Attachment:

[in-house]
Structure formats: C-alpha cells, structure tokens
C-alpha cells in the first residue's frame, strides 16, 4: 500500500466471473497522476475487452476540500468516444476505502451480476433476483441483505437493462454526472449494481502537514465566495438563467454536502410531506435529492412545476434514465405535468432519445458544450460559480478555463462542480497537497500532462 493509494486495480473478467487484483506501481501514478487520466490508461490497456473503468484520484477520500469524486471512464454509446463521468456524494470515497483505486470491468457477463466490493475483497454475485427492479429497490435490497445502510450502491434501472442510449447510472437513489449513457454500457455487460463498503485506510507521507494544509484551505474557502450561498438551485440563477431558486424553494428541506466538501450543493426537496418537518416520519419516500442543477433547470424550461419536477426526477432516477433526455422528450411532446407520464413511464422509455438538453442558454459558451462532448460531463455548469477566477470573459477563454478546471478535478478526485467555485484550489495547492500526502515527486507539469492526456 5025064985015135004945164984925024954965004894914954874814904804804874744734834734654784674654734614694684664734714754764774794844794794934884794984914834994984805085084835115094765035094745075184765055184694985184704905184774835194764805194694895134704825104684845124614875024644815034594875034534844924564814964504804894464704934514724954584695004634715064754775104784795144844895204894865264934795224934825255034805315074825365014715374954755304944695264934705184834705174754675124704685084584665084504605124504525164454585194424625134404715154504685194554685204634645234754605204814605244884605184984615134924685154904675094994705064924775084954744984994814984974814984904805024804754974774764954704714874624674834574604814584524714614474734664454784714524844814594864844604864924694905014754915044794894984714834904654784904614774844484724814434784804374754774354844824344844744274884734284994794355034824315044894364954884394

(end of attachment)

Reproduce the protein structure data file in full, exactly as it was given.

[in-house]
Structure formats: C-alpha cells, structure tokens
C-alpha cells in the first residue's frame, strides 16, 4: 500500500466471473497522476475487452476540500468516444476505502451480476433476483441483505437493462454526472449494481502537514465566495438563467454536502410531506435529492412545476434514465405535468432519445458544450460559480478555463462542480497537497500532462 493509494486495480473478467487484483506501481501514478487520466490508461490497456473503468484520484477520500469524486471512464454509446463521468456524494470515497483505486470491468457477463466490493475483497454475485427492479429497490435490497445502510450502491434501472442510449447510472437513489449513457454500457455487460463498503485506510507521507494544509484551505474557502450561498438551485440563477431558486424553494428541506466538501450543493426537496418537518416520519419516500442543477433547470424550461419536477426526477432516477433526455422528450411532446407520464413511464422509455438538453442558454459558451462532448460531463455548469477566477470573459477563454478546471478535478478526485467555485484550489495547492500526502515527486507539469492526456 5025064985015135004945164984925024954965004894914954874814904804804874744734834734654784674654734614694684664734714754764774794844794794934884794984914834994984805085084835115094765035094745075184765055184694985184704905184774835194764805194694895134704825104684845124614875024644815034594875034534844924564814964504804894464704934514724954584695004634715064754775104784795144844895204894865264934795224934825255034805315074825365014715374954755304944695264934705184834705174754675124704685084584665084504605124504525164454585194424625134404715154504685194554685204634645234754605204814605244884605184984615134924685154904675094994705064924775084954744984994814984974814984904805024804754974774764954704714874624674834574604814584524714614474734664454784714524844814594864844604864924694905014754915044794894984714834904654784904614774844484724814434784804374754774354844824344844744274884734284994794355034824315044894364954884394